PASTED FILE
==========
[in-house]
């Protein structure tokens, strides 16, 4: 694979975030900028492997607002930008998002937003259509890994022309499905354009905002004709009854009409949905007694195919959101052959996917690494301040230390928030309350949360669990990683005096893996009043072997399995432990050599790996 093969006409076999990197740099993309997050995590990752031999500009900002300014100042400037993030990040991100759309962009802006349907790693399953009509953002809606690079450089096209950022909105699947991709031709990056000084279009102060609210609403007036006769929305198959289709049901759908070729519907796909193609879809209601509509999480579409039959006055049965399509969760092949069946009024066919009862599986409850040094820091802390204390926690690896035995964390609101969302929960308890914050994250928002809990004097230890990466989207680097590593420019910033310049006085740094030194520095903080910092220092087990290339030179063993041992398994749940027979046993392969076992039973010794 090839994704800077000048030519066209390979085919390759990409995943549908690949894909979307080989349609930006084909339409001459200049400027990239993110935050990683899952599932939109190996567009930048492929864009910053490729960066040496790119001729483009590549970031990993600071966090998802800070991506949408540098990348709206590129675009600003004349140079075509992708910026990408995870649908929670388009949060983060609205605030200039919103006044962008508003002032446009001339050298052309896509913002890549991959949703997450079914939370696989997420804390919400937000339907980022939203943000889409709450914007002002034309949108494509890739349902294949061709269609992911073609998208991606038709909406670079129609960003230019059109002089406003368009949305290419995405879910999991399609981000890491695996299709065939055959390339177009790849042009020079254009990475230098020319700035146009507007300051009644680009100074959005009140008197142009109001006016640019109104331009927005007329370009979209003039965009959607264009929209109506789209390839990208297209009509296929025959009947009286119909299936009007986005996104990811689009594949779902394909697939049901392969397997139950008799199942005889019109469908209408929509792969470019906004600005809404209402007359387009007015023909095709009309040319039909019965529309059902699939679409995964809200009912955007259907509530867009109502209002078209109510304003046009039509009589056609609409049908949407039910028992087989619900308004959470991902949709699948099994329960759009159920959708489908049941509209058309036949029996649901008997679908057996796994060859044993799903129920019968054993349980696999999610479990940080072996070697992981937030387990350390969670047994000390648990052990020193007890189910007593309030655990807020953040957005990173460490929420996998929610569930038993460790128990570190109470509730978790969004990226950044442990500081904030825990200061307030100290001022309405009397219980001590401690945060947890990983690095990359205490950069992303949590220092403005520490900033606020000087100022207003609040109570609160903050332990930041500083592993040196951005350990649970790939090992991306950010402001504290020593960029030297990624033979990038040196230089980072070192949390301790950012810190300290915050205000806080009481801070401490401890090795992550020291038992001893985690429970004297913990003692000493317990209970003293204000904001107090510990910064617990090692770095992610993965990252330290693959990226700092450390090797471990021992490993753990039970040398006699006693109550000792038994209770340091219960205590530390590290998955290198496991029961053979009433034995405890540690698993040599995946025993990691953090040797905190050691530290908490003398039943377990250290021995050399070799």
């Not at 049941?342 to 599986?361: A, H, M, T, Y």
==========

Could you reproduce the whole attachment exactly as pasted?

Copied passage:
[in-house]
């Protein structure tokens, strides 16, 4: 694979975030900028492997607002930008998002937003259509890994022309499905354009905002004709009854009409949905007694195919959101052959996917690494301040230390928030309350949360669990990683005096893996009043072997399995432990050599790996 093969006409076999990197740099993309997050995590990752031999500009900002300014100042400037993030990040991100759309962009802006349907790693399953009509953002809606690079450089096209950022909105699947991709031709990056000084279009102060609210609403007036006769929305198959289709049901759908070729519907796909193609879809209601509509999480579409039959006055049965399509969760092949069946009024066919009862599986409850040094820091802390204390926690690896035995964390609101969302929960308890914050994250928002809990004097230890990466989207680097590593420019910033310049006085740094030194520095903080910092220092087990290339030179063993041992398994749940027979046993392969076992039973010794 090839994704800077000048030519066209390979085919390759990409995943549908690949894909979307080989349609930006084909339409001459200049400027990239993110935050990683899952599932939109190996567009930048492929864009910053490729960066040496790119001729483009590549970031990993600071966090998802800070991506949408540098990348709206590129675009600003004349140079075509992708910026990408995870649908929670388009949060983060609205605030200039919103006044962008508003002032446009001339050298052309896509913002890549991959949703997450079914939370696989997420804390919400937000339907980022939203943000889409709450914007002002034309949108494509890739349902294949061709269609992911073609998208991606038709909406670079129609960003230019059109002089406003368009949305290419995405879910999991399609981000890491695996299709065939055959390339177009790849042009020079254009990475230098020319700035146009507007300051009644680009100074959005009140008197142009109001006016640019109104331009927005007329370009979209003039965009959607264009929209109506789209390839990208297209009509296929025959009947009286119909299936009007986005996104990811689009594949779902394909697939049901392969397997139950008799199942005889019109469908209408929509792969470019906004600005809404209402007359387009007015023909095709009309040319039909019965529309059902699939679409995964809200009912955007259907509530867009109502209002078209109510304003046009039509009589056609609409049908949407039910028992087989619900308004959470991902949709699948099994329960759009159920959708489908049941509209058309036949029996649901008997679908057996796994060859044993799903129920019968054993349980696999999610479990940080072996070697992981937030387990350390969670047994000390648990052990020193007890189910007593309030655990807020953040957005990173460490929420996998929610569930038993460790128990570190109470509730978790969004990226950044442990500081904030825990200061307030100290001022309405009397219980001590401690945060947890990983690095990359205490950069992303949590220092403005520490900033606020000087100022207003609040109570609160903050332990930041500083592993040196951005350990649970790939090992991306950010402001504290020593960029030297990624033979990038040196230089980072070192949390301790950012810190300290915050205000806080009481801070401490401890090795992550020291038992001893985690429970004297913990003692000493317990209970003293204000904001107090510990910064617990090692770095992610993965990252330290693959990226700092450390090797471990021992490993753990039970040398006699006693109550000792038994209770340091219960205590530390590290998955290198496991029961053979009433034995405890540690698993040599995946025993990691953090040797905190050691530290908490003398039943377990250290021995050399070799």
């Not at 049941?342 to 599986?361: A, H, M, T, Y």